Scout Turns One

The big day is here. Who would have thought? (Well, technically we all knew it was coming, but you know what I mean.) Today we stop counting Scout’s age in months and instead go to that big superlative, years. Though not quite out of puppyhood yet (that won’t officially happen till around 1.5 to 2), Scout is more adult than puppy now. Still, in honor of her Big Day, let’s take a little walk down Memory Lane.

The Early Days

Remember this?

This was the first photo of Scout that we ever saw. Don’t ask us which one she is, we’ve got no idea (and to throw out another technicality, Scout wasn’t Scout yet, so to speak, since we hadn’t yet picked her out. I know, I know, I digress). Back then, August 2010 to be specific, we were a mixture of nerves and excitement with a dash of “Um, what are we thinking!” thoughts rolling through our heads. Admittedly, I spent little time not planning or thinking about Scout’s arrival in one way or another. Okay, I was obsessed. And B dealt with me with a patience only a loving husband could have delivered–and a healthy dose of X Box play.

We purchased a crate specially selected to fit Scout’s estimated adult size, complete with a divider so that we could partition it off and open the crate up as she grew:

We purchased a dog bed (the bed that went on to live in infamy), and Zoey quickly claimed it:

And we read, and read, and haunted some forums, and read some more. But all of our prep would come in handy when Scout finally arrived…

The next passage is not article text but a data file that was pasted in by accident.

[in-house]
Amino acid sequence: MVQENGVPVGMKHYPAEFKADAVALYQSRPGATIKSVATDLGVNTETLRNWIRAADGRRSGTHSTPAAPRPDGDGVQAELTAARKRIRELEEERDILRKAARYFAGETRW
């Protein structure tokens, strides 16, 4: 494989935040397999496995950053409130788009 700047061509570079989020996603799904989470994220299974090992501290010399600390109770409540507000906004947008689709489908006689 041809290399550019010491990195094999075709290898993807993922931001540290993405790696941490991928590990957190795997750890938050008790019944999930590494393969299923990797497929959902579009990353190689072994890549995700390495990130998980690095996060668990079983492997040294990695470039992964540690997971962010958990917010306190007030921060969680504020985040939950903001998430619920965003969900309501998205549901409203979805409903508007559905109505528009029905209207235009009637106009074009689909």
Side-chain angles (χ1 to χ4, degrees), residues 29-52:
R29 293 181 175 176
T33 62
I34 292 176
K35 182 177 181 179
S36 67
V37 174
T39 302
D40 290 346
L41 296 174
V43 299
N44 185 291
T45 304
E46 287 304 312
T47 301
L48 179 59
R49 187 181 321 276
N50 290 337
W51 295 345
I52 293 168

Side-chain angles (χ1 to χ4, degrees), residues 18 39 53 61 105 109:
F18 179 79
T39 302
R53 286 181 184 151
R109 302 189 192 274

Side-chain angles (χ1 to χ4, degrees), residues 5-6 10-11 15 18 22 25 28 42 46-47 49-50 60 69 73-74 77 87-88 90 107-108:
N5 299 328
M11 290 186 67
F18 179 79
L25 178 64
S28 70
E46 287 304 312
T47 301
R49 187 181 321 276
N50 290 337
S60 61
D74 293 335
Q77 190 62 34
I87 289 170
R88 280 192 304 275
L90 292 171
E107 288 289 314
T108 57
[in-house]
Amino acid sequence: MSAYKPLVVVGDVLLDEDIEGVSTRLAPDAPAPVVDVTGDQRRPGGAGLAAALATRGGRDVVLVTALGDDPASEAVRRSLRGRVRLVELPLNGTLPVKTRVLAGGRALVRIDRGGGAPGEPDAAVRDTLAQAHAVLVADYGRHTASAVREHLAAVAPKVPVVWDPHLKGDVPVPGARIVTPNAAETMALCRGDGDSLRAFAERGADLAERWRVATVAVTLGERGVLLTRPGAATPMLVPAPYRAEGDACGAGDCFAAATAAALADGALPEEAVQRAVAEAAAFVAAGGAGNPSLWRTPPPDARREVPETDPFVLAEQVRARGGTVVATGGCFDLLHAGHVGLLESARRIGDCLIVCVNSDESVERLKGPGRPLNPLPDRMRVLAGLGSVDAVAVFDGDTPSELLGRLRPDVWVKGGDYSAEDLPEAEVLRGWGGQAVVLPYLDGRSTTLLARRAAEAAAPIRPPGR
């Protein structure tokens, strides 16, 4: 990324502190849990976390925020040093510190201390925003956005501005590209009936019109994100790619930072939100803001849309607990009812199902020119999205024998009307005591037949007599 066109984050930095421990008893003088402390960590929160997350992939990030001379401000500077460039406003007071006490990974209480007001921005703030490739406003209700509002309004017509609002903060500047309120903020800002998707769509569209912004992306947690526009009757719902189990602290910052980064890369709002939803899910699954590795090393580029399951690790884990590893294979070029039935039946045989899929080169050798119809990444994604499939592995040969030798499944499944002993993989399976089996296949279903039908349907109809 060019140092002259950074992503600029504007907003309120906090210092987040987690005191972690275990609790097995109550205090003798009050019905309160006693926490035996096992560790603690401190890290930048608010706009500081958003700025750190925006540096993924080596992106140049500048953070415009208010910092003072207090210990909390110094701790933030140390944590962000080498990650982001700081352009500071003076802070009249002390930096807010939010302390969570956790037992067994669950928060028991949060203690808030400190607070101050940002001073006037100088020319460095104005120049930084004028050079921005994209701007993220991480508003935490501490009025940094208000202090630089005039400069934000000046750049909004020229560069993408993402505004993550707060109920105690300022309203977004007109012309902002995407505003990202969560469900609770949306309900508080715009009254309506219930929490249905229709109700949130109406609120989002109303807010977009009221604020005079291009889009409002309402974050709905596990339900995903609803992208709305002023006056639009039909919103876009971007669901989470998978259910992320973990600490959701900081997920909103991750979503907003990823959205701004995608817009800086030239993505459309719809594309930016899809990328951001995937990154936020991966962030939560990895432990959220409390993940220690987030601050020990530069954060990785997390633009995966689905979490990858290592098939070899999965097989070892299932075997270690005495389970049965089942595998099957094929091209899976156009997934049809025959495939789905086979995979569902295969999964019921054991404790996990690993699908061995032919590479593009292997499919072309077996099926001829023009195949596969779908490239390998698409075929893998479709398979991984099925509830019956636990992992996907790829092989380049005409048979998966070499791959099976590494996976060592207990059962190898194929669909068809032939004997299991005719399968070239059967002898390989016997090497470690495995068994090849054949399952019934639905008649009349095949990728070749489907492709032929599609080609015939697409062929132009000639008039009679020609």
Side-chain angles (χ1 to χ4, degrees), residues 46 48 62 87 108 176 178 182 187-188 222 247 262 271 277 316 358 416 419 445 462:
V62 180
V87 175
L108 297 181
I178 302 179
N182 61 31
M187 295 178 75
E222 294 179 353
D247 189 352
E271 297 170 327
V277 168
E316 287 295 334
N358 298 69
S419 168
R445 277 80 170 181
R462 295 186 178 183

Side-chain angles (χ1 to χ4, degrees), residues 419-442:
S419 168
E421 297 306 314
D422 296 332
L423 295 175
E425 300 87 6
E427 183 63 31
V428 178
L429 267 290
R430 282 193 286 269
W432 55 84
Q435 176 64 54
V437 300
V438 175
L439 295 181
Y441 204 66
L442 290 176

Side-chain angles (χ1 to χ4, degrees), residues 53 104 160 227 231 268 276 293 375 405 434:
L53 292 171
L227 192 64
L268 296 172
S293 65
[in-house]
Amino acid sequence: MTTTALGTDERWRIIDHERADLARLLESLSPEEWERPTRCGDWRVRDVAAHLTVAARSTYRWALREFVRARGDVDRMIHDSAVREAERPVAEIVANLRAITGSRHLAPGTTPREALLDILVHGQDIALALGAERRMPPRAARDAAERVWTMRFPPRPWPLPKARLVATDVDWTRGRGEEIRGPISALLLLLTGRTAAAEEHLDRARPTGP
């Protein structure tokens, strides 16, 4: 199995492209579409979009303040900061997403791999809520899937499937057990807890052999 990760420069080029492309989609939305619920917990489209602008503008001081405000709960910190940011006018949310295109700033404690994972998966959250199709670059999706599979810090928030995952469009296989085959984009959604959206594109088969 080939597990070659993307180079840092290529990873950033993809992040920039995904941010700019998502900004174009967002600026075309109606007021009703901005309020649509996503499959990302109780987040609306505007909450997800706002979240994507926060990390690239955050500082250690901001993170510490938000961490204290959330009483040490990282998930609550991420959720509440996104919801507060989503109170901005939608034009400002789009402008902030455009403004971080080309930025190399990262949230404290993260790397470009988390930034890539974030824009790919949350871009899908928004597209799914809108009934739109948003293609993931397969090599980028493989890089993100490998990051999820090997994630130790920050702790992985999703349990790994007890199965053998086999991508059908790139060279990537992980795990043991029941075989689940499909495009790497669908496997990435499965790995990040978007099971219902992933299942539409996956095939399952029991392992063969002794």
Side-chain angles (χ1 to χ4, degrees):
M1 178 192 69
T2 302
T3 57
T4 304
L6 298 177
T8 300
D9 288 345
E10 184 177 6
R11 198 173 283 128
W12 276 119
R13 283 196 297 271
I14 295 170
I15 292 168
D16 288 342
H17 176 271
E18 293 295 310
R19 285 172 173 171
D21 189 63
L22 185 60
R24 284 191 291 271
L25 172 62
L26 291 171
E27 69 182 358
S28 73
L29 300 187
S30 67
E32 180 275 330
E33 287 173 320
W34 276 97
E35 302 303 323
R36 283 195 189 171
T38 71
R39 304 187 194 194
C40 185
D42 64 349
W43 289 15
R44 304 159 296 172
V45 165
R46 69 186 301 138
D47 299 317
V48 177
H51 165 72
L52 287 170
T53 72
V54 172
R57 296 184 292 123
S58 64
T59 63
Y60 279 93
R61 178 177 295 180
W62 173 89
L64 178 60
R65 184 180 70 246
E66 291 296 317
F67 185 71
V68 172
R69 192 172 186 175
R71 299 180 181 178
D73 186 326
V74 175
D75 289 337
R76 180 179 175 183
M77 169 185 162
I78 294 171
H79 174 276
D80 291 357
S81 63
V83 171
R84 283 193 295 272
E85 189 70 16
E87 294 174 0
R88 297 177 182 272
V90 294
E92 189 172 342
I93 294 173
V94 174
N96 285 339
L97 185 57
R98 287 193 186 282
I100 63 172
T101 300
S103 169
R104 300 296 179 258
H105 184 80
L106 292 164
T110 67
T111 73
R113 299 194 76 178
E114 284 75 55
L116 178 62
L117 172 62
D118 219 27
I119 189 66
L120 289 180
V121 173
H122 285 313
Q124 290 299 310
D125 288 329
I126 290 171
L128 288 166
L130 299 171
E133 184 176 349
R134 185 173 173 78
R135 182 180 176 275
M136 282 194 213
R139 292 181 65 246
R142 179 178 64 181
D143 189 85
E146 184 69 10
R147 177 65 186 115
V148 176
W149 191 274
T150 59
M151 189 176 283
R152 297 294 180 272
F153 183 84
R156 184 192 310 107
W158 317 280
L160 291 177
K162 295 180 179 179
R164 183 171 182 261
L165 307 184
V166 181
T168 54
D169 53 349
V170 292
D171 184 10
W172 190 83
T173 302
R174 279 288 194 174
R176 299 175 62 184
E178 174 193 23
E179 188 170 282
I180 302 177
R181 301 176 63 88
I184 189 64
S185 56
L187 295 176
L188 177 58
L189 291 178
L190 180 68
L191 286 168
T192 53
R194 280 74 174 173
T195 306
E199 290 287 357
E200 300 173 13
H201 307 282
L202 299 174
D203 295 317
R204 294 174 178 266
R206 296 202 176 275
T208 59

…on September 26, 2010. Remember the camera saga? Let’s just say, we forgot it, remembered somewhere near our destination, and had to stop at a Walmart to pick up a disposable. It did the job, though, capturing this adorable look she gave me when B first held her:

We’re not going to lie. Our first thought when we got in the car with her was, “Hold on, what are we doing?” The infancy of Scout was really overwhelming. She was tiny, and this made us feel like she was this incredibly fragile little baby that we could seriously hurt, you know, through sheer not knowing what in God’s name we were doing. “We’ve read every book there is!” I kept saying, but those books weren’t really preparing me for the feeling of having her there, completely in my care. Cue the first parenthood feelings!

A lot of people who have heard how overwhelmed we went in the beginning have commented, “Good! That means you knew how much responsibility it was.” Though I see their point, I more think that it wasn’t that we were suddenly realizing how much responsibility a puppy was (we had a good grip on that when we first signed up to adopt her, I think), but more that we were feeling the pressure to raise her the right way. We didn’t want to end up with a wild dog that terrorized our house guests and scared the daylights out of the mailman. We’d seen enough Cesar Millan to know that crazy dogs can happen to well-intentioned dog-parents, and we didn’t want to be, despite our best efforts and intentions, another set of crazy dog-parents.